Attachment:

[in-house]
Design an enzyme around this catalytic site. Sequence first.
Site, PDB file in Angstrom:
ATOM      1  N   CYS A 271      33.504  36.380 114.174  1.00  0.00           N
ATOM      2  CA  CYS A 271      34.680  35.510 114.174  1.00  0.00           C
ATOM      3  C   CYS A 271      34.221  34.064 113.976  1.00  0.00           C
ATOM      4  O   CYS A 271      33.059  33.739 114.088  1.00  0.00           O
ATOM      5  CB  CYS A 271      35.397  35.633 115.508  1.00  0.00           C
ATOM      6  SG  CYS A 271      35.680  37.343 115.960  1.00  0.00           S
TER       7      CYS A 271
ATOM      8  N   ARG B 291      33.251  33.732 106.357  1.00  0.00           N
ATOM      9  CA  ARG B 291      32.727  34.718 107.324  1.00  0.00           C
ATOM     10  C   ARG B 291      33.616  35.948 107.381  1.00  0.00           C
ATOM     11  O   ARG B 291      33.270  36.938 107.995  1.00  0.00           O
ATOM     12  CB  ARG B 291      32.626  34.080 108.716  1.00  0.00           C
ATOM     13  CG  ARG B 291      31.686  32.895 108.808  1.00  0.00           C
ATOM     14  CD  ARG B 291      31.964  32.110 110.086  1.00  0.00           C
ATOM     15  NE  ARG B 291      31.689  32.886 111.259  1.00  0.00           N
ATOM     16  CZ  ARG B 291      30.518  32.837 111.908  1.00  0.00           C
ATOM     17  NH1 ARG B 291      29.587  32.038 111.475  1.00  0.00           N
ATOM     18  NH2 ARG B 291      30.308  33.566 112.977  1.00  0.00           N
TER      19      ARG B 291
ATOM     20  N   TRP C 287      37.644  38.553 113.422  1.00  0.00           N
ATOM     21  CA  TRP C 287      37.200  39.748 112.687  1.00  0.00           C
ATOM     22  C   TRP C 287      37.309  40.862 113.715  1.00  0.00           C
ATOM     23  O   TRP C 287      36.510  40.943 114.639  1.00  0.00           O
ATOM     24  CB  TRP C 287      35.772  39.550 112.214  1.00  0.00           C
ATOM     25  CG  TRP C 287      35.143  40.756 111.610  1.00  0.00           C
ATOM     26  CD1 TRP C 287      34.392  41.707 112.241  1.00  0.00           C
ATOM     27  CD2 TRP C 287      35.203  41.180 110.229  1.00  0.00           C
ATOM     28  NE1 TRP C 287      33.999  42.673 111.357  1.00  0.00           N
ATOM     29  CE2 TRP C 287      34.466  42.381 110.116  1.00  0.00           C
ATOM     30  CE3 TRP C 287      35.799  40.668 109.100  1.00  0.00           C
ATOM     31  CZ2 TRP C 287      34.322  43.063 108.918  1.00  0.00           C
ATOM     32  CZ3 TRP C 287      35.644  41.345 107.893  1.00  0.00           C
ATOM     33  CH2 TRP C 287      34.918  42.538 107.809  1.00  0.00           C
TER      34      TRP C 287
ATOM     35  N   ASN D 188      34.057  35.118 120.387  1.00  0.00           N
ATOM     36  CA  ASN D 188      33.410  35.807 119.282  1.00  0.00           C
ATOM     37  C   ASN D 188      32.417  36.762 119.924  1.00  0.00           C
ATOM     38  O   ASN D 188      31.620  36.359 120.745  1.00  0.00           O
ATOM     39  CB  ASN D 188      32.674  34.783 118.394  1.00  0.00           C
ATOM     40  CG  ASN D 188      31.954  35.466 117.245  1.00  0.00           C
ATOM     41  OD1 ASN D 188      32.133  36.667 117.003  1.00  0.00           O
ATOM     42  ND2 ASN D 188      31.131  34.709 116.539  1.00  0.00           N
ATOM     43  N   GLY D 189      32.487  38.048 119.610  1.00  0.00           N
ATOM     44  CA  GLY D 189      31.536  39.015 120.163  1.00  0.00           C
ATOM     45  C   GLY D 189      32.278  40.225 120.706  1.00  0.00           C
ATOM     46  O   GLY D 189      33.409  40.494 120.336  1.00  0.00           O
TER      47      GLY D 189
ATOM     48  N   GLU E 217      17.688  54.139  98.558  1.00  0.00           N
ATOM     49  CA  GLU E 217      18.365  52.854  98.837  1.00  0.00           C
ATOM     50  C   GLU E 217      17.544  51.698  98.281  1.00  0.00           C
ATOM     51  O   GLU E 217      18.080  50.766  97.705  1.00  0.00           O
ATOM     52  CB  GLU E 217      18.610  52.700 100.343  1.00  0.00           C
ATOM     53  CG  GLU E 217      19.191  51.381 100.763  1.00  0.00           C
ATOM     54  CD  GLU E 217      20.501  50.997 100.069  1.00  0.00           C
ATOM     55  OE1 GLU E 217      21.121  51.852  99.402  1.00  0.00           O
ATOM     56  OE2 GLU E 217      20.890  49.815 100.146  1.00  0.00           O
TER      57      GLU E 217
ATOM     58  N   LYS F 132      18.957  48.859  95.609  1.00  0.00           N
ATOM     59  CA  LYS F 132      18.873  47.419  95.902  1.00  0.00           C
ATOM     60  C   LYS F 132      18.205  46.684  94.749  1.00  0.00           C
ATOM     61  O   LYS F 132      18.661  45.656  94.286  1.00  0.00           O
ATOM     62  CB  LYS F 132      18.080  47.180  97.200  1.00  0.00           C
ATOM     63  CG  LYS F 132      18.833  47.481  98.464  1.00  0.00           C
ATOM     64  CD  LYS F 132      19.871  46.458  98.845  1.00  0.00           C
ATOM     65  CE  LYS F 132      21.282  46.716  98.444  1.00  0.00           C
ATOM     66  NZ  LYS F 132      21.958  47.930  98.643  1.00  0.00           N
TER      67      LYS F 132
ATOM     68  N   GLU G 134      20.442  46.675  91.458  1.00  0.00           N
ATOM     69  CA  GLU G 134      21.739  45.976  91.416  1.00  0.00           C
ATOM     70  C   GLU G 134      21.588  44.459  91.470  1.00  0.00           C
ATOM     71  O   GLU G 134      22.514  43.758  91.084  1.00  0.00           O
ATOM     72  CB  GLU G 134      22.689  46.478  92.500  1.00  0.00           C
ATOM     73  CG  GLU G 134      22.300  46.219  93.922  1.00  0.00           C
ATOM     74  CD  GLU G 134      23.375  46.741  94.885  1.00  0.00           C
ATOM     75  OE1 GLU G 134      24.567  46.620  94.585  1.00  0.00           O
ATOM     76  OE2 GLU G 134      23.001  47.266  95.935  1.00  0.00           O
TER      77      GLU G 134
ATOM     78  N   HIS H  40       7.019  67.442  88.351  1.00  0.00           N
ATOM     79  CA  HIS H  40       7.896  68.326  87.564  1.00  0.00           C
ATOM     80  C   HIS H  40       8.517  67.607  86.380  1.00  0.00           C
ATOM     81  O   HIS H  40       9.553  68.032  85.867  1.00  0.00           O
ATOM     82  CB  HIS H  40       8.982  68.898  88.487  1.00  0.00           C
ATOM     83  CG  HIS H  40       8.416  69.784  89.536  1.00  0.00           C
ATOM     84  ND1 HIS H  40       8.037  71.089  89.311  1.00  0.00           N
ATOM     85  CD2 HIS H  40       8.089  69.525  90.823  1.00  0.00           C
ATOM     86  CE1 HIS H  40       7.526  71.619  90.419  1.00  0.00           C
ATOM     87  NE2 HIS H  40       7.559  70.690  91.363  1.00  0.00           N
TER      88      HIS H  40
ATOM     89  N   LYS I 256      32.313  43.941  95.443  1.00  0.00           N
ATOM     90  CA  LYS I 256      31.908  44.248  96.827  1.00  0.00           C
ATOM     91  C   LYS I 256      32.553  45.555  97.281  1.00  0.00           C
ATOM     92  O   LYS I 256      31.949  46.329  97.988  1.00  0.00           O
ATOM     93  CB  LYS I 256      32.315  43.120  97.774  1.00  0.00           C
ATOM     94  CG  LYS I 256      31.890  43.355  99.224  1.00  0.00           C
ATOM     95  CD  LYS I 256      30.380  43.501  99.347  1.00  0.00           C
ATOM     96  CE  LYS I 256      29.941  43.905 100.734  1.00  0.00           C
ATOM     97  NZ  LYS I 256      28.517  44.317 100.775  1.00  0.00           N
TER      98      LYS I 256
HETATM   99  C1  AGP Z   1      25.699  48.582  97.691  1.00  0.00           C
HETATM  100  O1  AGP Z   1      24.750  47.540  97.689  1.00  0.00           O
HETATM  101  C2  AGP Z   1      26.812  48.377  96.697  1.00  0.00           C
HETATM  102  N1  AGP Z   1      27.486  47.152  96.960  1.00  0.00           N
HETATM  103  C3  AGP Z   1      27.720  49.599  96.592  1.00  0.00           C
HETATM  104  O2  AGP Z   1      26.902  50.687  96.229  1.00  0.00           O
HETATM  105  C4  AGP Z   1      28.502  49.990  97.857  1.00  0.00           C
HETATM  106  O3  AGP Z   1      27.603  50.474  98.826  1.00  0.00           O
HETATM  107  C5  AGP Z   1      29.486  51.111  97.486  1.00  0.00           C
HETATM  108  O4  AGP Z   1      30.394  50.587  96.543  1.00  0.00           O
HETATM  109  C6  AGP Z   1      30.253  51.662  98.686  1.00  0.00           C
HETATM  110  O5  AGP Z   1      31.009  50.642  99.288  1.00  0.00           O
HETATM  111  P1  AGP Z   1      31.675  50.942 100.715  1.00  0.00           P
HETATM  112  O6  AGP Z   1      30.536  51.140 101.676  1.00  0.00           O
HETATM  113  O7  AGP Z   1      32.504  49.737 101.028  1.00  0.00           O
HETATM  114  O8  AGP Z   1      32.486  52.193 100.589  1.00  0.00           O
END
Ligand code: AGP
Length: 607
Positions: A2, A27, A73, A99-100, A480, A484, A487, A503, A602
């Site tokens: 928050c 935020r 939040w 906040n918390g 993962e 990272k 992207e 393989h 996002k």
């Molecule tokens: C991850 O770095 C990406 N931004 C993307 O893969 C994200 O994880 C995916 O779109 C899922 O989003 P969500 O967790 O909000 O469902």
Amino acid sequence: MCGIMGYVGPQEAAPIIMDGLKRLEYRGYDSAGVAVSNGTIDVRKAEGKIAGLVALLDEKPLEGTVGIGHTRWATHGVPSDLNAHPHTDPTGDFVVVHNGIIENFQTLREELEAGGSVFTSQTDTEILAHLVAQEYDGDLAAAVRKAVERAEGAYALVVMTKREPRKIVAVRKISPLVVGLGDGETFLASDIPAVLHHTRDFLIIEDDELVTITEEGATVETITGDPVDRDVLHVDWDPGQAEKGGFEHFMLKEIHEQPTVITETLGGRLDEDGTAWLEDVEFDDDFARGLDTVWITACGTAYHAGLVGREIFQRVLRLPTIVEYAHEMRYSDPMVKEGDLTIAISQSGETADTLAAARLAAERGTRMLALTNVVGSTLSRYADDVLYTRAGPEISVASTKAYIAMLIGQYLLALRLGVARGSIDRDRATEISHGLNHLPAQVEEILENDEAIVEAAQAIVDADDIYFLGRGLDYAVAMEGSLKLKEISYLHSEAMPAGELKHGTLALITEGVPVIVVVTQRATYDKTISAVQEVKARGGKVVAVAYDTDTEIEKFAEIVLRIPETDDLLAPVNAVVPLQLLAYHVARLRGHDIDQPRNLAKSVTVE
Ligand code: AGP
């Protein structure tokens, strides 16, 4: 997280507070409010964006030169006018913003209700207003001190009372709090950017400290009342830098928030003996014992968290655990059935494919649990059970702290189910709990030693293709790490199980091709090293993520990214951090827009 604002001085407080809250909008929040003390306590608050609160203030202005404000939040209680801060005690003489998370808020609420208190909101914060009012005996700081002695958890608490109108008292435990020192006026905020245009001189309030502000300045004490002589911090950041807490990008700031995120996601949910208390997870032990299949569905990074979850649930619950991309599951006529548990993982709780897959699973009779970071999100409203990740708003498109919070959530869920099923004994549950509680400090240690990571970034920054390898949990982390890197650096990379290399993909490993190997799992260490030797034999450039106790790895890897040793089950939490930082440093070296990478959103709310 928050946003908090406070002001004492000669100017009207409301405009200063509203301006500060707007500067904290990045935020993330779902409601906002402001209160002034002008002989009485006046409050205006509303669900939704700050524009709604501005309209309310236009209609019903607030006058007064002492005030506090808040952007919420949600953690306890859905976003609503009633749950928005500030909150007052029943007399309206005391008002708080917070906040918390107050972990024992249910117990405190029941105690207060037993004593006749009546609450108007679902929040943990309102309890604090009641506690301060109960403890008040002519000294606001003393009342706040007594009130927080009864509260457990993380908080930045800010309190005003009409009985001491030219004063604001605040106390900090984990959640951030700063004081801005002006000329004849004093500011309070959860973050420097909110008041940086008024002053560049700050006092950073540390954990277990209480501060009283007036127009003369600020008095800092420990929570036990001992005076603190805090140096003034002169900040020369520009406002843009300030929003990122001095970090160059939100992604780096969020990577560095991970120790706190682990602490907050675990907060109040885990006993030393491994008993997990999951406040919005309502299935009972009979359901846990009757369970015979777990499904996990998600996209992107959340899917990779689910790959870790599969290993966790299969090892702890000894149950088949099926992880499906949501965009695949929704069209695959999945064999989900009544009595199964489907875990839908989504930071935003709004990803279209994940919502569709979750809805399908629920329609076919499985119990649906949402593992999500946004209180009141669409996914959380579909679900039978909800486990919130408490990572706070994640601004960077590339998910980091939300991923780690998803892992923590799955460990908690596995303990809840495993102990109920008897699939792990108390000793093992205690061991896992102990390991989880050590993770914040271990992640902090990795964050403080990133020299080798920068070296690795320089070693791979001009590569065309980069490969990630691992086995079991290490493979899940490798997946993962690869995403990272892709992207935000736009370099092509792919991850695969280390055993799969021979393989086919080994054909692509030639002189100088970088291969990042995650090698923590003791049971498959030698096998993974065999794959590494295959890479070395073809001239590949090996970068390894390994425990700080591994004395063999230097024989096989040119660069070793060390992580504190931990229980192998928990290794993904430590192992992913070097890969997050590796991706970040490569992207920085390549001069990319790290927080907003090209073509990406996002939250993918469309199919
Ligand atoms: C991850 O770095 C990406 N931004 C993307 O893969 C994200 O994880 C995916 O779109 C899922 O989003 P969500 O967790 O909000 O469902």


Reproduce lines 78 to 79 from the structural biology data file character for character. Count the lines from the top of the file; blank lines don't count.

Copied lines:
ATOM     75  OE1 GLU G 134      24.567  46.620  94.585  1.00  0.00           O
ATOM     76  OE2 GLU G 134      23.001  47.266  95.935  1.00  0.00           O